“Ya know that you’re over the hill, when your mind makes a promise that your body can’t fill!”, this is the line that inspired Paul Barrere to write the original version of the “Old Folks Boogie”, which would subsequently feature on the 1977 Little Feat record Time Loves a Hero”. The citation came from a line Paul’s dad – an actor at the time – picked up at a vaudeville theater. He would often sing it around the house, so eventually Paul got hooked turned it into a song. For some time, Paul’s partner over at Better Daze Records, Roger Cole had been talking about re-recording the song with a fresher, more modern aesthetic. Which is exactly what occurred, and now Roger Cole & Paul Barrere release the new version under the title “Old Folks Boogie Redeux”…over 40 years later! And guess what, now it sounds like The Black Crowes met The Black Keys and had dinner with ZZ Top. In a world where we are saturated with self-proclaimed musical geniuses it’s great to hear real music coming from real people.

This track is bound to make you remember bands from the 70’s and 80’s but Roger Cole & Paul Barrere are actually modern rock artists with no other comparison to present day music. Well, to be fair, maybe Jack and Meg White have come close to this rawness a few times on their records. The main guitar riff will easily get stuck in your head, and the vocals sound gritty as granola.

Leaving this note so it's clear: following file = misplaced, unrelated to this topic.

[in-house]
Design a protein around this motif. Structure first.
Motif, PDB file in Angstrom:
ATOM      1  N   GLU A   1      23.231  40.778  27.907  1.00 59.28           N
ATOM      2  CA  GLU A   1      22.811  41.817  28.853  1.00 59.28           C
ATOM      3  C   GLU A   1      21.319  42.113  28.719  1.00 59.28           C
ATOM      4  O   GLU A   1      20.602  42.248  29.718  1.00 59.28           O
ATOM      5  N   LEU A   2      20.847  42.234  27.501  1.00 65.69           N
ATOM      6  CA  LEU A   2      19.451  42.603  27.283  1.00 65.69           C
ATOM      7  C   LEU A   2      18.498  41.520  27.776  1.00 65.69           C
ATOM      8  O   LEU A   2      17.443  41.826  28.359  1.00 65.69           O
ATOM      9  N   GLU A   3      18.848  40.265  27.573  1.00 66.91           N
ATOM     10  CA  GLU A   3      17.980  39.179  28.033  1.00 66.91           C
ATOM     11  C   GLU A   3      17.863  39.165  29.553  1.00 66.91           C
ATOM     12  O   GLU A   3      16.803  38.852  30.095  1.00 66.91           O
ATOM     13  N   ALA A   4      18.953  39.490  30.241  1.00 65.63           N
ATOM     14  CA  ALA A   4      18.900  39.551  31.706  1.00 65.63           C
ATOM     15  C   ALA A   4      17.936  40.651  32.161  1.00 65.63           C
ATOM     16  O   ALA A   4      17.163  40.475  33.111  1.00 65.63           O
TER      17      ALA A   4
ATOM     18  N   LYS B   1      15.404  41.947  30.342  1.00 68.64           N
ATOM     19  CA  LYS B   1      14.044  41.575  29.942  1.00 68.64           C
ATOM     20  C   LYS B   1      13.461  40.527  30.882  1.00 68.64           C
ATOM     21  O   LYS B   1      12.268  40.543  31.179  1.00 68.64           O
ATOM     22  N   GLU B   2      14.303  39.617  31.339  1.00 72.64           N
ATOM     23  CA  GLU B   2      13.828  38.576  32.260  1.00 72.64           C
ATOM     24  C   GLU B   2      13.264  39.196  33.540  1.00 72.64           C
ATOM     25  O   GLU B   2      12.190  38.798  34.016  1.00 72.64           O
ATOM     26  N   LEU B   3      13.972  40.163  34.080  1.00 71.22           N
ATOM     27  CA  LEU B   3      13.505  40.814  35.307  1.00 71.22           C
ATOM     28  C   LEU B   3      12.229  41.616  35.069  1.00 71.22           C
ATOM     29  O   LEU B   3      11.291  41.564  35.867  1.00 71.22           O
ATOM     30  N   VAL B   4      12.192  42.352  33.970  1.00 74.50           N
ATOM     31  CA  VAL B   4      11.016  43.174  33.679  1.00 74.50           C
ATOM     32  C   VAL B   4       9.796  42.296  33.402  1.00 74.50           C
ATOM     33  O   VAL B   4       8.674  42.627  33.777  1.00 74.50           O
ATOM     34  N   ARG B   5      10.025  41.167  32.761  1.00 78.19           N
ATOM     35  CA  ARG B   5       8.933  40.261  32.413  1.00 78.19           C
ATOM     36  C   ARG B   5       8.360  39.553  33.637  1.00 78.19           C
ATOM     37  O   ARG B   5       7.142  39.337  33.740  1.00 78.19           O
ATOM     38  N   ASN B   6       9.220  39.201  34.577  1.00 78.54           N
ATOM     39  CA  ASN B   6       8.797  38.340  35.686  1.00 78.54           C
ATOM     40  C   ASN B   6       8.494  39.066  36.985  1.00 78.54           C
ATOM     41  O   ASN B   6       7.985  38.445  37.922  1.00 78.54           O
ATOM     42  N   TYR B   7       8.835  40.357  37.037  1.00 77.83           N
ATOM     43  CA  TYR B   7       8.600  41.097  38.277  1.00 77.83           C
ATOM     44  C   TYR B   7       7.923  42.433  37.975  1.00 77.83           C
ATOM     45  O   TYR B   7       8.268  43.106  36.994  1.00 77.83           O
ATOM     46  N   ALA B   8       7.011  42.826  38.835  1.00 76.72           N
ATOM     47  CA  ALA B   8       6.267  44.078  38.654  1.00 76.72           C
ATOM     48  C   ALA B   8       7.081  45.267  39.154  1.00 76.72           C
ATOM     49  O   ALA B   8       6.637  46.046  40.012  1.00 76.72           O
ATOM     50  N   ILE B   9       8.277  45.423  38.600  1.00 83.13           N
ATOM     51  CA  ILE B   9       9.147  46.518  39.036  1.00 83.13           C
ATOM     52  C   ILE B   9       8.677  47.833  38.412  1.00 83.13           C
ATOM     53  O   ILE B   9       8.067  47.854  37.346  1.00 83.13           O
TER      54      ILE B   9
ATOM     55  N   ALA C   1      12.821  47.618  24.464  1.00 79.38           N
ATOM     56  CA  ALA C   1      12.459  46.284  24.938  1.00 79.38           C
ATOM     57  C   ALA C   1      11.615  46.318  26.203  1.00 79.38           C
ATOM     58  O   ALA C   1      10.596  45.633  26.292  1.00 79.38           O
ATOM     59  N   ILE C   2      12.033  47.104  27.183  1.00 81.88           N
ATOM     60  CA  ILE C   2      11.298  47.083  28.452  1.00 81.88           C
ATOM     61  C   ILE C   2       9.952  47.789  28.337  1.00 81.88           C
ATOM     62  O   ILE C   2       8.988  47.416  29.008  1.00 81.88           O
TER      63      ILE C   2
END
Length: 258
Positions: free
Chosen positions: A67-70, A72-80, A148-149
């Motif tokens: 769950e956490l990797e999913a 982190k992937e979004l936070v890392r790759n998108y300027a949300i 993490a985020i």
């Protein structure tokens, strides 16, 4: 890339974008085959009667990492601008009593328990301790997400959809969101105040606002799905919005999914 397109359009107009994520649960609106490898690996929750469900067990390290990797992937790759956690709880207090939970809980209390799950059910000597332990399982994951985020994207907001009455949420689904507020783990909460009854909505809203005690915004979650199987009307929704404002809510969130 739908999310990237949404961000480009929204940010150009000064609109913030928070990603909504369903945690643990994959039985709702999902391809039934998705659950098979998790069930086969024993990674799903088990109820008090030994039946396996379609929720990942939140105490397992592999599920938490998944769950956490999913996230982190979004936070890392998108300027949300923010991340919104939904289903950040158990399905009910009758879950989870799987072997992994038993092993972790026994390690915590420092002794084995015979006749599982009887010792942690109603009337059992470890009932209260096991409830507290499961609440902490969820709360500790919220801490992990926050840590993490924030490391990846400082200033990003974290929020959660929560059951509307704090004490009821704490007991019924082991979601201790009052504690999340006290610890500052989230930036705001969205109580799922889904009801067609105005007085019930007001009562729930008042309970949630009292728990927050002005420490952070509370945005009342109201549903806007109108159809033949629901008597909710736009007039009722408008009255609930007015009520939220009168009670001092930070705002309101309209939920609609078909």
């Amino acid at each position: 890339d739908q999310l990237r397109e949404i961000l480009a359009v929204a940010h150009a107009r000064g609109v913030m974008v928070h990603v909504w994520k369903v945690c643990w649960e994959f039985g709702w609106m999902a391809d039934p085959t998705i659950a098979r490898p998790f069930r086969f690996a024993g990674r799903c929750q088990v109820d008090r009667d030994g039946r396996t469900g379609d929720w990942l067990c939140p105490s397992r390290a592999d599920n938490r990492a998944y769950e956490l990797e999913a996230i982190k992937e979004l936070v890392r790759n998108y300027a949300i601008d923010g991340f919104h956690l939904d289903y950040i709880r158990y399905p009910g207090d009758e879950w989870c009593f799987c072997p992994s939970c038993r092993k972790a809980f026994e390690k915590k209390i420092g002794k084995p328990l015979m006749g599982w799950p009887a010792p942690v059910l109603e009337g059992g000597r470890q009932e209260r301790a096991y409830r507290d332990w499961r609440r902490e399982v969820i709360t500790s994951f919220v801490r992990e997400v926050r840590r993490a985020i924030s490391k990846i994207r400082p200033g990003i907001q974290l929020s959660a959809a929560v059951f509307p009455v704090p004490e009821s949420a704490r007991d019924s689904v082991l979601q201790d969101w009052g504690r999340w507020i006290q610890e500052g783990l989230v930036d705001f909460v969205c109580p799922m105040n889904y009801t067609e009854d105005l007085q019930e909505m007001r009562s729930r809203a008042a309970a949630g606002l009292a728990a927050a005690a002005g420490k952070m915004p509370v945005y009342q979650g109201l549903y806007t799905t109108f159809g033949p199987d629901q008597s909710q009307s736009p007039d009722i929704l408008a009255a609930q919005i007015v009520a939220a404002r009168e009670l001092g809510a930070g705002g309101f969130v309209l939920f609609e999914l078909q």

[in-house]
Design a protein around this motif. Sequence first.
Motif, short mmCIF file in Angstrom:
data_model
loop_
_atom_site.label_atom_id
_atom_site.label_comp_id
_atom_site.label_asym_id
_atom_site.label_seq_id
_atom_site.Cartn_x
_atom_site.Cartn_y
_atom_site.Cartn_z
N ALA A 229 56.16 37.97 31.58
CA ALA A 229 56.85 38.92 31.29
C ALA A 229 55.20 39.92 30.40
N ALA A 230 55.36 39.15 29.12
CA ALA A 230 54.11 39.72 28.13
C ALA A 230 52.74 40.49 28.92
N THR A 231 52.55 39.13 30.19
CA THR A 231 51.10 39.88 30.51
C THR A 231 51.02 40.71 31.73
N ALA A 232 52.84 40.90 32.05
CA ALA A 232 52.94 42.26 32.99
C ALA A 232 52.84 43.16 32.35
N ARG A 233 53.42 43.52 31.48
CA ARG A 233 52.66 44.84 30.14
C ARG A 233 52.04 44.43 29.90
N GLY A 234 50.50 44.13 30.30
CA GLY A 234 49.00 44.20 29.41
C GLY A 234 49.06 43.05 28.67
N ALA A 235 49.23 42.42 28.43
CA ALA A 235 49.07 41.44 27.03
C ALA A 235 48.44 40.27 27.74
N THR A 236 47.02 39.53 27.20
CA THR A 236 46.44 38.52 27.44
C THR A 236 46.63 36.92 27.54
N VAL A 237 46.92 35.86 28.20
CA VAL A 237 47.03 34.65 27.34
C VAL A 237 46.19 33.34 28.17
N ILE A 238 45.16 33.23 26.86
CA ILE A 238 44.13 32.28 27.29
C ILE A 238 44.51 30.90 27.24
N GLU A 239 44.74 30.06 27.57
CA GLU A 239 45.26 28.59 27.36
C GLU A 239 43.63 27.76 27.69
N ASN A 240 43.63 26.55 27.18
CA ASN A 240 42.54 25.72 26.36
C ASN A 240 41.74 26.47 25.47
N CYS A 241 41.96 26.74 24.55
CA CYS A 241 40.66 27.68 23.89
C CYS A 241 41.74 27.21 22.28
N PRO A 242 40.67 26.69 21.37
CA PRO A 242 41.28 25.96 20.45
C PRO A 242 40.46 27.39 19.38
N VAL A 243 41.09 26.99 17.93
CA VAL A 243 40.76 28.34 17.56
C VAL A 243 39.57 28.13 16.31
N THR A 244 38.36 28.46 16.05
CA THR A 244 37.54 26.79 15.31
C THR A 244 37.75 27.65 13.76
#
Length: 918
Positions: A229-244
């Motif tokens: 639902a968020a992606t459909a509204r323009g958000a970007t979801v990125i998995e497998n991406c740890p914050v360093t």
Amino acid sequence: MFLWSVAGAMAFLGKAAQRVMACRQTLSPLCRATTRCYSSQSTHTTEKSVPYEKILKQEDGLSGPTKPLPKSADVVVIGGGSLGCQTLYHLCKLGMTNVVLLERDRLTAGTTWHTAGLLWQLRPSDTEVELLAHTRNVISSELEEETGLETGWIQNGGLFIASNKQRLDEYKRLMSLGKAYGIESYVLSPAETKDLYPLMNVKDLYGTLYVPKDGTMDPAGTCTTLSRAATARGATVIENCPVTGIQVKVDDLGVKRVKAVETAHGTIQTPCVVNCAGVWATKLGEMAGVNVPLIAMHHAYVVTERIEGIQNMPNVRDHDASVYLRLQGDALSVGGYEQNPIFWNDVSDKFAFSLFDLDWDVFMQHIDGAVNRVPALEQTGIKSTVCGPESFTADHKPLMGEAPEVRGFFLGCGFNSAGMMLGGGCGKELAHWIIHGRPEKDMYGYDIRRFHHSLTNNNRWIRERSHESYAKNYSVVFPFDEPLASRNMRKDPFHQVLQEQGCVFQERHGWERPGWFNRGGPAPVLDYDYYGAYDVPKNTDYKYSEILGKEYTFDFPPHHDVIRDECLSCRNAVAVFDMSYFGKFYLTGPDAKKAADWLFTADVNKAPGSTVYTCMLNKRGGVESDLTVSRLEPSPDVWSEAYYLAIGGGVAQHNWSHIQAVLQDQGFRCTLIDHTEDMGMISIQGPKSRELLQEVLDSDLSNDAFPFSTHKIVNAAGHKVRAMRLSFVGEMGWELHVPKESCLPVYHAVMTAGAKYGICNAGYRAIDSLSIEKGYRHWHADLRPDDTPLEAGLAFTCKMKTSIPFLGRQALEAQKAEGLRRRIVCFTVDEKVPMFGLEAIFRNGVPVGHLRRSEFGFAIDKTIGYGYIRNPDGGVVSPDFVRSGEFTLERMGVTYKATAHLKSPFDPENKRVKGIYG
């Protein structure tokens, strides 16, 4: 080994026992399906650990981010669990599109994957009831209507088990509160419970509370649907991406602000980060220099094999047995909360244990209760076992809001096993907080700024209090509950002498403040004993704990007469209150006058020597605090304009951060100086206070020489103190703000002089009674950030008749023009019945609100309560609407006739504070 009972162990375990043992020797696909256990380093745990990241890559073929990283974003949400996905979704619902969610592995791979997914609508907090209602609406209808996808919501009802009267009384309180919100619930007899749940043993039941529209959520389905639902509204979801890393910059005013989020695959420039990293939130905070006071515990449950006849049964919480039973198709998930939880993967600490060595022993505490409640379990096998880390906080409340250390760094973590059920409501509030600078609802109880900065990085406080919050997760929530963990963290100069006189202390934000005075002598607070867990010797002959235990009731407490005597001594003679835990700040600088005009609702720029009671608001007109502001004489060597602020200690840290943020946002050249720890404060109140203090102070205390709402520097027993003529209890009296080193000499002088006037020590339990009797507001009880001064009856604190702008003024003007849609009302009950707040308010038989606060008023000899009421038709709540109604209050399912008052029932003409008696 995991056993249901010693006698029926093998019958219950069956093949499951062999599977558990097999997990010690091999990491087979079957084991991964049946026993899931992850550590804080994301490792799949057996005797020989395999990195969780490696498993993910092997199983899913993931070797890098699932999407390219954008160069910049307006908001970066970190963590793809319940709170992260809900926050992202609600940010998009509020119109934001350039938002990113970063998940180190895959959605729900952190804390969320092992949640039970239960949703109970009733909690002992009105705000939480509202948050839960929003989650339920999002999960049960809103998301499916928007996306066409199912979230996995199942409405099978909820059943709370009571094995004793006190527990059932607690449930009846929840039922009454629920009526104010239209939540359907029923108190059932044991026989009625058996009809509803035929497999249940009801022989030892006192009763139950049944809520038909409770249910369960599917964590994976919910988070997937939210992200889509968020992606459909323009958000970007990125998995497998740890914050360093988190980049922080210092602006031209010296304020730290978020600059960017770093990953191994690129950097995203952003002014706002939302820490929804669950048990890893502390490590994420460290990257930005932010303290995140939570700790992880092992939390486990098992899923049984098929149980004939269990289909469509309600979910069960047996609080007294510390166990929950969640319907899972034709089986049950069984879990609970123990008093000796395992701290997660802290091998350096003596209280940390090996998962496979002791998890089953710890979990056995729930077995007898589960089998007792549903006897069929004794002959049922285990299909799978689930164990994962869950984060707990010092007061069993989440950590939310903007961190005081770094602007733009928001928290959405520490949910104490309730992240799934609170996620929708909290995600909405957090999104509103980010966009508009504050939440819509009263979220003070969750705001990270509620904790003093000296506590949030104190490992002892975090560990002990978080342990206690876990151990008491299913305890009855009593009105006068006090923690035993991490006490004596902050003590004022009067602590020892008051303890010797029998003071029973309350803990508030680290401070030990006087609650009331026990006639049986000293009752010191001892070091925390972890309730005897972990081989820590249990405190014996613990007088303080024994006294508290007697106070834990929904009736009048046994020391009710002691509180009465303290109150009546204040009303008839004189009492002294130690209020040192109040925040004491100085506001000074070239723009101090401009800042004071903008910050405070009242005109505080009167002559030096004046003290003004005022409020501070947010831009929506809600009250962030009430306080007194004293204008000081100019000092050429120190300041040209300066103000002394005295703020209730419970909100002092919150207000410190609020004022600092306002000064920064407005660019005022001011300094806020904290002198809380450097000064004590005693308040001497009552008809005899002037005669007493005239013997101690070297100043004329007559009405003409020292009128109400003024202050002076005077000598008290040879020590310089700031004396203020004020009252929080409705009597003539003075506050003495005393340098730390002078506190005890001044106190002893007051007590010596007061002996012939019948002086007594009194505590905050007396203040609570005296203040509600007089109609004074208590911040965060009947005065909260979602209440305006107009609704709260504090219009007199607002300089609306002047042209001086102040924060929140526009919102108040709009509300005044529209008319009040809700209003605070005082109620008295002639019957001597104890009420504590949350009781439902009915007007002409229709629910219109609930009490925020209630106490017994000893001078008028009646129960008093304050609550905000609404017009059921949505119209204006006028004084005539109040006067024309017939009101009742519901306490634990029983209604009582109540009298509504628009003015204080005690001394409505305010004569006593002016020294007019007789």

You can tell these guys are just having a lot of fun with this song. If anything Cole & Barrere are probably going to be remembered as one of the underground acts in this time that brought blues and rock back to their core basics. The duo’s songs are well written – in this case re-written – their instrumentation is spot-on, and its music that comes from two dudes who clearly know what they are doing.

The production is one of “Old Folks Boogie Redeux’s” strengths: Inspired flourishes, like the basslines fold effortlessly into the blues aesthetic. The percussion dances along to the deep rhythm and guitar riffs, while the lead vocals always have ample breathing room.

But what really impressed me more than anything else, was not what was in the mix, but what was unexpectedly missing from it. I waited three minutes and twenty eight seconds for the explosive lead guitar solo to happen. It never did. Damn, that must have required a vast amount of restraint on the part of the players. I play guitar. I know what kind of a scintillating solo you can you can squeeze out over this inviting rhythmic foundation right here.

Hats off to Roger Cole & Paul Barrere for being able to refrain from any musical masturbation over a rhythm this dirty and enticing. Instead they toy around with track’s overall blues conventions – with its quaint narrative and its vivid imagery – using rhythm, nuance and melody, and a whole pile of sticky, gritty guitar riffs.

As always, the duo stay audacious, true to their sound, yet still continue to redefine themselves, exploring many shades of rock and blues on each of their releases. “Old Folks Boogie Redeux” is another inspired piece of work from Roger Cole & Paul Barrere.

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